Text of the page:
Stephen L. Smith, vice president and director of PC Client operations and enabling at Intel was recorded on an audio stream giving some further details of the upcoming platform. In response to a question, he said:
"The other cool thing is dedicated circuitry for media acceleration. All of us in our daily use, whether it's home videos or photos tend to pull things from the Internet, pull things from our own capture devices at home, bring them on to our PC, transform them into different formats...all of that will be dramatically faster if one utilizes this hardware acceleration, media acceleration that we have on Sandy Bridge."
Sandy Bridge will support DirectX 10.1 and OpenCL 1.1. This may not mean a lot to gamers and enthusiasts, but it should considerably improve low-mid powered machines in which these new CPUs are employed.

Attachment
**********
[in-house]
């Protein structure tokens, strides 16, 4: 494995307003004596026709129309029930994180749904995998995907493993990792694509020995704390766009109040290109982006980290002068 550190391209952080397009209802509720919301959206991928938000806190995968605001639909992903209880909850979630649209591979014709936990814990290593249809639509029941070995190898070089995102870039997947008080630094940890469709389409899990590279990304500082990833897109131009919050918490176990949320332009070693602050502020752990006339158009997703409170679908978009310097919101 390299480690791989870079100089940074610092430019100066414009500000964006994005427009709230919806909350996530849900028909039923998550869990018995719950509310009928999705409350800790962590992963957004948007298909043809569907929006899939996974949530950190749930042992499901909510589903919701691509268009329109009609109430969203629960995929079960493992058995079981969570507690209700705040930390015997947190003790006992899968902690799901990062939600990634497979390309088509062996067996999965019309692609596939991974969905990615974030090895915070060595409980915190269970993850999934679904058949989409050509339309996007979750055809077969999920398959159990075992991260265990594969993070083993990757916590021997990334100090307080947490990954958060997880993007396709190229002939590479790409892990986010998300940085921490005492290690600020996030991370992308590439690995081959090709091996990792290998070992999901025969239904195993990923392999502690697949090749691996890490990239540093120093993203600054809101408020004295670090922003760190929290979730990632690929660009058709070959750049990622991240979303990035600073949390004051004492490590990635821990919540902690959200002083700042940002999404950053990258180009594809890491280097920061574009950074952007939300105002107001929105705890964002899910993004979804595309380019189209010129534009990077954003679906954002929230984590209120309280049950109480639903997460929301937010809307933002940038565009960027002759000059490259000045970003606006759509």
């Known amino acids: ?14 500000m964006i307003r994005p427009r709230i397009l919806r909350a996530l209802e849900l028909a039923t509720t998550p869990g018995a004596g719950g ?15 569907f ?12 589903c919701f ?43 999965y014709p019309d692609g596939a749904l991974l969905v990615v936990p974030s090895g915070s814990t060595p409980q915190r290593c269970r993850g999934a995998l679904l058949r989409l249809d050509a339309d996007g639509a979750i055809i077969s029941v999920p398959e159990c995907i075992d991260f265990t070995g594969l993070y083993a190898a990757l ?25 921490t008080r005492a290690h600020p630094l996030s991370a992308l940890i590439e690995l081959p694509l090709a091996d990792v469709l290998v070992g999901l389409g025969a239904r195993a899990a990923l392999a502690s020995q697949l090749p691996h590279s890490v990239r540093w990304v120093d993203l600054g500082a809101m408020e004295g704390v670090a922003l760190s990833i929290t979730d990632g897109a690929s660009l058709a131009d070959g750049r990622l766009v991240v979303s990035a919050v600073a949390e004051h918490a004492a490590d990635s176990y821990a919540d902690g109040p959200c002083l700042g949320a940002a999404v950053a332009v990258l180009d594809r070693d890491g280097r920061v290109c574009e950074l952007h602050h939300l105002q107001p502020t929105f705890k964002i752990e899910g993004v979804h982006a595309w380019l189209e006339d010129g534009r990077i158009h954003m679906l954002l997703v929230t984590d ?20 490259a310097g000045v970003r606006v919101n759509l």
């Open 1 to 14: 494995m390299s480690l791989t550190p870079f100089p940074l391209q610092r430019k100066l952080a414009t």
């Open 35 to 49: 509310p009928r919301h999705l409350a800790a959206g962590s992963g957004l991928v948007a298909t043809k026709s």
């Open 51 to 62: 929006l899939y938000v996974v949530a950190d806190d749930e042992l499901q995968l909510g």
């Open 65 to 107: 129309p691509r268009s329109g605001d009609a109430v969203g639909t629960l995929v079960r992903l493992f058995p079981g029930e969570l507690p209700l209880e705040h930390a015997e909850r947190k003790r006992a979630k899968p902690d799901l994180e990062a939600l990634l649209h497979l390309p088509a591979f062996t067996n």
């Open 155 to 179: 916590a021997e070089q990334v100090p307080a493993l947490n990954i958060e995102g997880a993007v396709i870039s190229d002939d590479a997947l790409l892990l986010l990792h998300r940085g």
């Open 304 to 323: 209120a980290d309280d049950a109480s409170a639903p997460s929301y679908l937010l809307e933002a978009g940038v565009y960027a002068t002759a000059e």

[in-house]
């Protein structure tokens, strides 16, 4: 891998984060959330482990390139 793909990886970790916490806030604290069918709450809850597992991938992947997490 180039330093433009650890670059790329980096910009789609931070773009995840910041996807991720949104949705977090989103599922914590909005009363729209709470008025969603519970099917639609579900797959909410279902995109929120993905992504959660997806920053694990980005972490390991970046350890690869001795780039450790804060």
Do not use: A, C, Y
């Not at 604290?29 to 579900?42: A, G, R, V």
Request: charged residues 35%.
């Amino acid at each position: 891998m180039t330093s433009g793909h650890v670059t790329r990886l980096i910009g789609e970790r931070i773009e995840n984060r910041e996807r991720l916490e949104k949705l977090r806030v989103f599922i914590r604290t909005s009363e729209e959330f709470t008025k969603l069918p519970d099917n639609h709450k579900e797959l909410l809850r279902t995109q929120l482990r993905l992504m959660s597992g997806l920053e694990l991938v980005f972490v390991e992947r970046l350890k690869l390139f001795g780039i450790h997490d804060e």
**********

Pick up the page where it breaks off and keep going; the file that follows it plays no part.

Notebooks will also benefit from this technology:
"It enables us to build a notebook with a sleeker form factor and potentially longer battery life and still get great mainstream performance"
The amalgamation of CPU and GPU (into APU) is what is being referred to here. Less components, more flexibility with size. Efficiency is improved with 32nm technology also.
There was also a snippet of information on the upcoming Ivy Bridge processors, which are expected before the end of 2011:
"Ivy Bridge is a shrink of Sandy Bridge with some enhancements"
What these may be is not totally clear, but Ivy Bridge is so far known to be a die shrink of Sandy bridge, moving from 32nm to 22nm. This usually yields improvements in performance and efficiency but perhaps Intel has something else in mind too.
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Source: CNET News